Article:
Lithium–sulfur (Li–S) batteries are rechargeable batteries with elemental sulfur and metallic lithium as the cathode and anode, respectively. These batteries are promising electrochemical energy storage devices because their energy densities are three to five times higher than those of Li-ion batteries. Unfortunately, the practicality of Li–S batteries is hindered by their short lifetimes due to two processes that occur on the Li anode surface: the growth of Li dendrites and the irreversible polysulfide reduction. Adding LiNO3 into battery electrolytes has proven to be useful to prolong battery lifetimes, but the underlying mechanism is uncertain.
In Chemical Communications (doi: 10.1039/c9cc06504k), Sawangphruk and coworkers from Vidyasirimedhi Institute of Science and Technology, Thailand have offered valuable insights to settle the dispute over the effects of LiNO3. The researchers performed theoretical reactive molecular dynamics simulations and elucidated two roles of LiNO3 in Li–S batteries.
The first discovery was that LiNO3 promoted the formation of smooth, double-layered solid electrolyte interfaces (SEIs) on the Li surface. SEIs are thin layers composed of electrolyte-decomposition products, including Li-containing organic compounds and inorganic salts. By simulating the charge distribution near a Li metal surface, the authors mapped the Li-Li radial pair distribution profiles in three phases (Fig. 1a). The similarity between the profiles of the dense phase (the Li metal) and the nest phase evidenced the presence of an amorphous, Li-containing layer atop the Li metal surface. Beyond this amorphous layer was a liquid-like film with Li element distributed homogenously. This double-layered SEI altered the kinetics of Li deposition onto the Li surface upon charging, resulting in smooth and dense SEIs (Figs. 1b and c) that avoided Li dendrite formation.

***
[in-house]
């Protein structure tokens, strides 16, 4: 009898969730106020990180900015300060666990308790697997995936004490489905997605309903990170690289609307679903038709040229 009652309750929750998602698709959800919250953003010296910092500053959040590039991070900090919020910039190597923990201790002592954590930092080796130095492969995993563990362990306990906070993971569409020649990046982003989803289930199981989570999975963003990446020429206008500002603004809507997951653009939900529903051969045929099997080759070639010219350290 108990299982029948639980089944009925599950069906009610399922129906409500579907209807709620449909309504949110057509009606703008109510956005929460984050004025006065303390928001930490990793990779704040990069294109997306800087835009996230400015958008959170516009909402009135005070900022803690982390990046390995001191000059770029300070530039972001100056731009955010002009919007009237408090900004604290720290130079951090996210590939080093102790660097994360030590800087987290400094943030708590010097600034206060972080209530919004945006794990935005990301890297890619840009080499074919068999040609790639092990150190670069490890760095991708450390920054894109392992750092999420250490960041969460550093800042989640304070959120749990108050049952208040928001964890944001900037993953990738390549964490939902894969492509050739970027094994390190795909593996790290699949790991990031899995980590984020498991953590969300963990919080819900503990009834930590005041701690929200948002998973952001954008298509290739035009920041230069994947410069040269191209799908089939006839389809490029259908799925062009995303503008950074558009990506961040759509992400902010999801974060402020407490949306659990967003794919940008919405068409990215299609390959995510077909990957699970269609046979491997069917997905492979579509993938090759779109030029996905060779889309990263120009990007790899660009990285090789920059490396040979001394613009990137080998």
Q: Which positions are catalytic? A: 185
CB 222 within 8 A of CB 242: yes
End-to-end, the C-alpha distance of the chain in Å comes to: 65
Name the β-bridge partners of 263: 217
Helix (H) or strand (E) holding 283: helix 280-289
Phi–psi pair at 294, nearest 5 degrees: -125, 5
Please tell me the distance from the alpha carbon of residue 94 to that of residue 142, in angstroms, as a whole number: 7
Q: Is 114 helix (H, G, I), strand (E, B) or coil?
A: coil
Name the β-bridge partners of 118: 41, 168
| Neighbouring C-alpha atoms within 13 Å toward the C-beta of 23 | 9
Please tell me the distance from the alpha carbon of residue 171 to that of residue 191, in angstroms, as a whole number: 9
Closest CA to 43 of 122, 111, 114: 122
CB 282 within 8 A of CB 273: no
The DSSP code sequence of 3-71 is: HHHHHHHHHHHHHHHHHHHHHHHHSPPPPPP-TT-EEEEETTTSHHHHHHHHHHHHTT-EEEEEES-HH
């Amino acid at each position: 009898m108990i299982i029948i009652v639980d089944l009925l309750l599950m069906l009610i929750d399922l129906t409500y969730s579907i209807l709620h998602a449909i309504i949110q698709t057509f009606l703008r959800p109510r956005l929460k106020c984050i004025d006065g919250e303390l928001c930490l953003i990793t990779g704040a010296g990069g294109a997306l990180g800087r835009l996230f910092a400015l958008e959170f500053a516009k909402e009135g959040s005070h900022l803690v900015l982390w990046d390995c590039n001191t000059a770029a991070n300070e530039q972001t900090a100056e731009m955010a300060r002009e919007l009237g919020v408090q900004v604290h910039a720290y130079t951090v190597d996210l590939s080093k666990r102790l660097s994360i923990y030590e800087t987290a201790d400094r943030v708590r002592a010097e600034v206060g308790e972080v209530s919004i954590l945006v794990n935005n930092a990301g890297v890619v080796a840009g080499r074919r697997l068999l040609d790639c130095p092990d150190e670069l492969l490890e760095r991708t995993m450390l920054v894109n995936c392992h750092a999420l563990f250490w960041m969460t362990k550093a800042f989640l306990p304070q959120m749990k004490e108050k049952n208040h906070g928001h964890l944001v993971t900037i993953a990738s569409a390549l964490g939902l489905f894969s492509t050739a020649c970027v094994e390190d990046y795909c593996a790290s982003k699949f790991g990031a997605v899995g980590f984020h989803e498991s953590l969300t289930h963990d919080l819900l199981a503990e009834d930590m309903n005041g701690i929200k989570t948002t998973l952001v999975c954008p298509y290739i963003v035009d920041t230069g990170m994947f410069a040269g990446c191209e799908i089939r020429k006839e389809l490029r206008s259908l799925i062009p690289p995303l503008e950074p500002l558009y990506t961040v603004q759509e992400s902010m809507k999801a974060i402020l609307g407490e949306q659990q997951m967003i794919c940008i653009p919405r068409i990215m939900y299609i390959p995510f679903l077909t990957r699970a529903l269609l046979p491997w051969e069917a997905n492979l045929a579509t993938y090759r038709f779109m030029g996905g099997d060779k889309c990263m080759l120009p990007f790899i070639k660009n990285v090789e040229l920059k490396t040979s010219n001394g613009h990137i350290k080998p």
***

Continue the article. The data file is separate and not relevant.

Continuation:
Another effect of LiNO3 was to capture polysulfide compounds. Through their simulations, the authors deduced the reaction pathways involving the electrolyte molecules, LiNO3 or LiClO4 additives, and lithium polysulfide compounds (Fig. 2a). The concentration of LixNOy, the reduction products of LiNO3 when contacted Li metal, in the LiNO3-containing electrolyte was much higher than those in the additive-free and LiClO4-containing electrolytes. First-principle calculations proved that the highly electro-negative N and O atoms in LixNOy could capture lithium polysulfides via dipole-dipole interactions. This process reduced the likelihood of polysulfide reduction on Li that passivated anodes.
LiNO3 elongates the lifetimes of Li–S batteries by forming smooth SEIs to impede Li dendrite formation, while maintaining the reactivity of Li anodes by capturing lithium polysulfides.
To find out more, please read:
Salatan Duangdangchote, Atiweena Krittayavathananon, Nutthaphon Phattharasupakun, Nattanon Joraleechanchai, and Montree Sawangphruk
Chem. Commun., 2019, 55, 13951-13954
Tianyu Liu acknowledges John Elliott of Virginia Tech, the U.S., for his careful proofreading of this post.
About the blogger:
Tianyu Liu obtained his Ph.D. (2017) in Chemistry from the University of California, Santa Cruz, in the United States. He is passionate about the communication of scientific endeavors to both the general public and other scientists with diverse research expertise to introduce cutting-edge research to broad audiences. He is a blog writer for Chem. Commun. and Chem. Sci. More information about him can be found at http://liutianyuresearch.weebly.com/.